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Traumatic Brain Injury in Veterans

photo of Risa Nakase-Richardson

Risa Nakase-Richardson, Principal Investigator, CINDRR, Tampa, FL

Sunday, October 15, 2017

Veterans with traumatic brain injury (TBI) differ from civilians with TBI in some key ways—with potentially important implications for long-term care and support of injured service members. New research from the Veterans Administration TBI Model System is presented in the July/August 2017 special issue of the Journal of Head Trauma Rehabilitation (JHTR). The official journal of the Brain Injury Association of America, JHTR is published by Wolters Kluwer.

“The VA TBI Model System is uniquely positioned to inform policy about the health, mental health, socioeconomic, rehabilitation, and caregiver needs following TBI,” write Guest Editors Risa Nakase-Richardson, PhD, of James A. Haley Veterans’ Hospital, Tampa, Fla., and Lillian Stevens, PhD, of Hunter Holmes McGuire Veterans Affairs Medical Center, Richmond, Va. The special issue presents initial reports from a Department of Veterans Affairs (VA)-specific database of patients with all TBI severity levels.

The initial TBI Model System was developed by the National Institute on Disability, Independent Living, and Rehabilitation Research (NIDILRR) in 1987; 16 civilian hospitals contributed data on the recovery and outcomes for more than 16,000 patients who received inpatient rehabilitation after TBI. The VA TBI Model System, created in response to a Congressional mandate, collects similar data on the rehabilitation outcomes of Veterans with TBI. Since 2010, over 1,000 patients with TBI hospitalized at five regional VA Polytrauma Rehabilitation Centers have been added to the database. The five premier VA Polytrauma Rehabilitation Centers offer inpatient rehabilitation with specialized capacities to treat more severely injured Veterans and active duty service members.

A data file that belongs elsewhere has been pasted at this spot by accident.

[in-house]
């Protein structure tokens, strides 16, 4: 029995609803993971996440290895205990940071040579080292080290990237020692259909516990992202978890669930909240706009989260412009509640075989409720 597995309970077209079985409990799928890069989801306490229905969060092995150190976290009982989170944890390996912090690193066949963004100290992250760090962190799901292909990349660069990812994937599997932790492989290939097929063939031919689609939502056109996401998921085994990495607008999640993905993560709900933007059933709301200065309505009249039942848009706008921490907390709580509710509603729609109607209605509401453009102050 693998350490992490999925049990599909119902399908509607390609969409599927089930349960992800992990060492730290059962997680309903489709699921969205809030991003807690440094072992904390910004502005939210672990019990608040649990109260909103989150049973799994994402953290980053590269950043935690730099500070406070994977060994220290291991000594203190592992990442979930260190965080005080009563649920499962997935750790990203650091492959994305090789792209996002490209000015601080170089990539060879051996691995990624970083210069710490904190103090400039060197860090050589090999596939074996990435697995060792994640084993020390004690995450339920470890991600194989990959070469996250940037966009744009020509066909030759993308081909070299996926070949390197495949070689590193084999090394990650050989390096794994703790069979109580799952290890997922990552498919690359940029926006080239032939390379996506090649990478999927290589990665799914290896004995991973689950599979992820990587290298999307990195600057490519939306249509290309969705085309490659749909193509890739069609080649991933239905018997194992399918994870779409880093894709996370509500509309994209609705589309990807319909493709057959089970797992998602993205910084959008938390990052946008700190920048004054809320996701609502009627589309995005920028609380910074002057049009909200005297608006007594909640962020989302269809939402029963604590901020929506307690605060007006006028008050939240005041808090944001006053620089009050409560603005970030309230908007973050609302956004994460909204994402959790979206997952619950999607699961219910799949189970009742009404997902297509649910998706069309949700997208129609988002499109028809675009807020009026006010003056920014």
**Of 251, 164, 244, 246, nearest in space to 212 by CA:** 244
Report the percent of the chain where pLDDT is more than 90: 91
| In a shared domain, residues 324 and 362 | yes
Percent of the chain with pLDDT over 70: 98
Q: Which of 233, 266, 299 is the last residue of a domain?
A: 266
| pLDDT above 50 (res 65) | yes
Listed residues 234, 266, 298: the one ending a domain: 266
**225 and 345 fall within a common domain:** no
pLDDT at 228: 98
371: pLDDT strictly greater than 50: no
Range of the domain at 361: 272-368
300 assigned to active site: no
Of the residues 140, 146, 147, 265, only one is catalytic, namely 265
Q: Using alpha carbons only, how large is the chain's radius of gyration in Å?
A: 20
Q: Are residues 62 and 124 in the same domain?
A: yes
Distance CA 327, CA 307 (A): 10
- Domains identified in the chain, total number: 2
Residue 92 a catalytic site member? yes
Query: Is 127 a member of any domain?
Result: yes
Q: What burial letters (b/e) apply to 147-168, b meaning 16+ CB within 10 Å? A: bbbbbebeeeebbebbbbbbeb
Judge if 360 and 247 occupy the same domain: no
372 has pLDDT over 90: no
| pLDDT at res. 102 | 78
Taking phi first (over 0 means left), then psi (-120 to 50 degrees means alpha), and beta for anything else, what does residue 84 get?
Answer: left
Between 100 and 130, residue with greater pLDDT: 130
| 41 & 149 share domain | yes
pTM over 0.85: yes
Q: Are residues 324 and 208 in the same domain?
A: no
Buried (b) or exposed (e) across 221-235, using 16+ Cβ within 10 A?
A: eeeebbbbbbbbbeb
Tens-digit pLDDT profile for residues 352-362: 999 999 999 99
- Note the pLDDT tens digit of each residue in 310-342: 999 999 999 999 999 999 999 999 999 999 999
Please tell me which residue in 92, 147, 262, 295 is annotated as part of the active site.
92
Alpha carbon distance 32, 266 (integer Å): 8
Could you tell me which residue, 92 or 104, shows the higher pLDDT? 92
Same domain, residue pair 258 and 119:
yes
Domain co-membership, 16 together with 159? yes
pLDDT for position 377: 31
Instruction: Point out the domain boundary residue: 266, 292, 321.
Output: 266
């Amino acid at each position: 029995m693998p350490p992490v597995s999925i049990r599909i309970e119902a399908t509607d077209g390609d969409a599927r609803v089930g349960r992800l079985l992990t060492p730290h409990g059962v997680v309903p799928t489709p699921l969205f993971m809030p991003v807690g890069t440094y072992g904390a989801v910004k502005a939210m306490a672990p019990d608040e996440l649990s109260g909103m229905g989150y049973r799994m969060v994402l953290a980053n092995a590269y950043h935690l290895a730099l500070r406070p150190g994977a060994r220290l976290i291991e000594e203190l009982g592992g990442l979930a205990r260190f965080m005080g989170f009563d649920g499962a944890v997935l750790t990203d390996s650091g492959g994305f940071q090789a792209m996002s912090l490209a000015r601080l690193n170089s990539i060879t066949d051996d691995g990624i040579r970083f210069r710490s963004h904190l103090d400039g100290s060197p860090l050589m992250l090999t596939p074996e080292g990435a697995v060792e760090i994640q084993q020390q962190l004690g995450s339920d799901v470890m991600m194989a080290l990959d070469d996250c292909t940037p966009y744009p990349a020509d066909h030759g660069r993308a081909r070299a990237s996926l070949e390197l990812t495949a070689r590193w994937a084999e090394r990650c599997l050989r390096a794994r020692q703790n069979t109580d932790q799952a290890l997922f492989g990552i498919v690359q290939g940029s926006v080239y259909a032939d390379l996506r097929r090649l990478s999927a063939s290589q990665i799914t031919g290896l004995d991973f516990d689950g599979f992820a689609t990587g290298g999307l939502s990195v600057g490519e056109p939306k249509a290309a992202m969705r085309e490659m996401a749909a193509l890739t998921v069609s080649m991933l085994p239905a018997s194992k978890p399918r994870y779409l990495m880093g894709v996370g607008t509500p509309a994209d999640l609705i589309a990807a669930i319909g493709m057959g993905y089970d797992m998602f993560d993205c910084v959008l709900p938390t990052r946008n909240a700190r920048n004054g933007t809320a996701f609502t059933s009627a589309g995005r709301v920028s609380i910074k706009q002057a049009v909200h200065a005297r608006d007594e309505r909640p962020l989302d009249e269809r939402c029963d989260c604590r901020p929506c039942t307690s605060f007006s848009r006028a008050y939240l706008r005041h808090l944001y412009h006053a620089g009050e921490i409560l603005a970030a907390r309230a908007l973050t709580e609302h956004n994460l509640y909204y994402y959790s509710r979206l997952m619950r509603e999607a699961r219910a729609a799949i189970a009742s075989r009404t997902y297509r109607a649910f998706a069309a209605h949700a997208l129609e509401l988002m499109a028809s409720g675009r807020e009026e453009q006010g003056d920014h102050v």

Dr. Nakase-Richardson, site PI of the project and CINDRR investigator, is the lead author of a study comparing the characteristics of 550 patients from the VA TBI Model System versus 5,270 patients from the original NIDILRR system. The results suggested that military and civilian cases of TBI differ in most characteristics and outcomes. The data showed that violent causes of TBI were more common in the VA group, while falls were more common in civilian cases. Most violent causes of TBI in Veterans were related to deployment.

At least 13 percent of the civilian TBI patients had previously served in the military. Dr. Nakase-Richardson and co-authors highlight the need to broaden research findings to Veterans and service members who use primarily civilian health care. The differences between the NIDILRR and the VA databases make it difficult to directly compare outcomes between the military and civilian TBI groups. Further studies could clarify the differences and provide implications for treatment and outcomes.

"Participation in the TBI Model System allows VA to continue to define the unique needs of Veterans following TBI and translate these findings into policy, essentially creating a model of continuous quality improvement for TBI rehabilitation within VA," said Joel Scholten, MD, Director of Physical Medicine and Rehabilitation at the Veterans Health Administration.

Click here to read “Comparison of the VA and NIDILRR TBI Model System Cohorts.”


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